The Southeast was well represented with the studies of Dr. Stephen Wing from the University of North Carolina (Epidemiological Studies of Radiation Releases from Nuclear Facilities: Lessons Past & Present) and the fascinating report of onsite studies done by Dr. Tim Mousseau professor of Biological Studies at the University of South Carolina (Biological Implications of Chernobyl, Fukushima and Other Hot Spots). Former Dept of Energy whistle blower Bob Alvarez gave a chilling report on the management (or lack of management) of the spent fuel pools which store lethal amounts of radioactive waste at the Fukushima plant and at our own 104 reactors in the US. (Translation: we still have no safe place for our highly radioactive trash and we need to harden this trash onsite NOW instead of leaving it in vulnerable pools of radioactive waste hoping to - one day - have a place to send it and store it underground forever).
The most chilling moment of the Symposium for me came during a Monday press conference when we heard the stories of two young US Navy sailors who were called to Fukushima soon after the disaster happened. Jaime Flynn and her buddy Maurice never knew why their Navy aircraft carrier was suddenly called to leave South Korea on March 12 of 2011. Their ship was within one to ten miles of the Japanese coastline near the Fukushima nuclear plant for days after the accident. They were handling polyester ropes, flags and other fabrics on the Navy ship which was placed in dry dock for over a year. Jaime and Maurice were not told of the nuclear accident until a week later and had no idea that they had been exposed to harmful levels of radiation. They began suffering serious radiation sickness symptoms within two months after exposure (loss of hair, lumps on jaw, between eyes and on thigh, disappearance of menstrual cycle, loss of weight and muscle mass).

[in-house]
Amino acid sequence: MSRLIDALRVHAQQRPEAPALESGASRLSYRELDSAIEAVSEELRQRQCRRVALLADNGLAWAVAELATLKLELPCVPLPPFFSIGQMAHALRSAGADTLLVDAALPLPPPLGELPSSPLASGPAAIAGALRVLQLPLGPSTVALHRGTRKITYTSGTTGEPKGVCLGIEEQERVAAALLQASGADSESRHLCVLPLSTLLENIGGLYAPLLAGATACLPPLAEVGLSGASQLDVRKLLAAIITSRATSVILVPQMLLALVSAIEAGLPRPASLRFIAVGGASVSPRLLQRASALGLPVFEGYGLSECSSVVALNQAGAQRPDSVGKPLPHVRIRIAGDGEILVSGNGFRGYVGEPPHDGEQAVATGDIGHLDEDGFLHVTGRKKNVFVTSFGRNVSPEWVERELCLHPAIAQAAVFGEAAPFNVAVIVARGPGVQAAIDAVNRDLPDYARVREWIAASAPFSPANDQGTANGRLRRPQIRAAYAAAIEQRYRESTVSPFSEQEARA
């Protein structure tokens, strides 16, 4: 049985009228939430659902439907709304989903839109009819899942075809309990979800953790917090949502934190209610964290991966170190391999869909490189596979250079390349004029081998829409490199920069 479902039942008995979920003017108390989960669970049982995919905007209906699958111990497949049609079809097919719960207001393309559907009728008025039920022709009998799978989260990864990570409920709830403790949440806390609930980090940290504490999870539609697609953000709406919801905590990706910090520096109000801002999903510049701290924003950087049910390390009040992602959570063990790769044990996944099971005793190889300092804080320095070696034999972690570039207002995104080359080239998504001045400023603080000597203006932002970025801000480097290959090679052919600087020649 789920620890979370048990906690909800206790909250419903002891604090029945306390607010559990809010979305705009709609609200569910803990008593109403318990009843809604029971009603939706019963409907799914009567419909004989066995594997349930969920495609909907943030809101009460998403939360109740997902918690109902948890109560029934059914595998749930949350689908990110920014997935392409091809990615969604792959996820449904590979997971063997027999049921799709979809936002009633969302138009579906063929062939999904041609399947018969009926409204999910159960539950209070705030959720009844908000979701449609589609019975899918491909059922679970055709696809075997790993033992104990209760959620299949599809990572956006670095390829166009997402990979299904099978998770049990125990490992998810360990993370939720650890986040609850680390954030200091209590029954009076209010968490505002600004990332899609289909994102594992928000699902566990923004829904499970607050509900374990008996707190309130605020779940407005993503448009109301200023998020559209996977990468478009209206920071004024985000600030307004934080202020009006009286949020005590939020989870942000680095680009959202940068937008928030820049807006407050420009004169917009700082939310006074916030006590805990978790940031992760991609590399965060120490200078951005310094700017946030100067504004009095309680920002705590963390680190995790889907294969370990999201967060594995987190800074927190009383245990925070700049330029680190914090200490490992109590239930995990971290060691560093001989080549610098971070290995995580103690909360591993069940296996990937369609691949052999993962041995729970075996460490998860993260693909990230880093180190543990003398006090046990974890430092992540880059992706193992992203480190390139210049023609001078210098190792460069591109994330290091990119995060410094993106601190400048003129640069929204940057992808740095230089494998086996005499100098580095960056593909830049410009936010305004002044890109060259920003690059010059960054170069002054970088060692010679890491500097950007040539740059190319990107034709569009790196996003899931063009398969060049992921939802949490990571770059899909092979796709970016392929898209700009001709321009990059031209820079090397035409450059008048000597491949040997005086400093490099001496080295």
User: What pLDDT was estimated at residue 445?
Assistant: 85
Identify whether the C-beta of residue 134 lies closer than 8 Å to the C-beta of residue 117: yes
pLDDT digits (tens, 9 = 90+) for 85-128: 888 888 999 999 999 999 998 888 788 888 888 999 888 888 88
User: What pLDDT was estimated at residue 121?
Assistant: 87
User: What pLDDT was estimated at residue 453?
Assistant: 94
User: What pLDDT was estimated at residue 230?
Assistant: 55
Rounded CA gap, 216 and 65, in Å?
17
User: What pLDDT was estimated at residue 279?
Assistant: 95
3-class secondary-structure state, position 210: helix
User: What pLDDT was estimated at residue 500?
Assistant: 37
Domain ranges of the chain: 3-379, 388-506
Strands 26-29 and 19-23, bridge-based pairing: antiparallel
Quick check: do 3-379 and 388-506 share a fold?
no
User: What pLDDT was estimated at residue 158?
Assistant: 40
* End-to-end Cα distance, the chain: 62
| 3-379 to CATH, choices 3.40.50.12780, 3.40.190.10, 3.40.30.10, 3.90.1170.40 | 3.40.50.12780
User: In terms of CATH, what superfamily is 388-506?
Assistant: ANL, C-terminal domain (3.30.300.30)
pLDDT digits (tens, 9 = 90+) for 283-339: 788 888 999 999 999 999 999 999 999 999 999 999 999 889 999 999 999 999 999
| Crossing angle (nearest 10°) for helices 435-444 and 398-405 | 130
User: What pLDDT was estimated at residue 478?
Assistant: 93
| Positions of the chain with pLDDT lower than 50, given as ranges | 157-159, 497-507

This story fascinates me and I hope to write more about it as I learn more about their case. Unable to sue the US government, they are suing TEPCO. Over 100 people in the Navy have come forward to tell of their related illnesses since hearing the stories of Jaime and Maurice and many of those folks are now also involved in their law suit to recover damages.
The nuclear industry has caused so many instances of environmental injustice that need to be brought to light. Hearing of how the industry continues to operate in an atmosphere of secrecy, cover-up, and minimization puts more fire in my belly to continue working with the residents of Burke County to seek justice.
Helen closed the symposium with compassionate and fiery remarks. She charged us to heal the planet and SAVE AMERICA!
Thank you, Helen. Thank you, Mali. I came home knowing what I have to do next.
PS I did catch some theatre on Sunday, the day before the Symposium began. It was a lively, updated show of Shakespeare's Much Ado About Nothing at the Duke Theatre on 42nd St. I highly recommend it. Directed by a woman!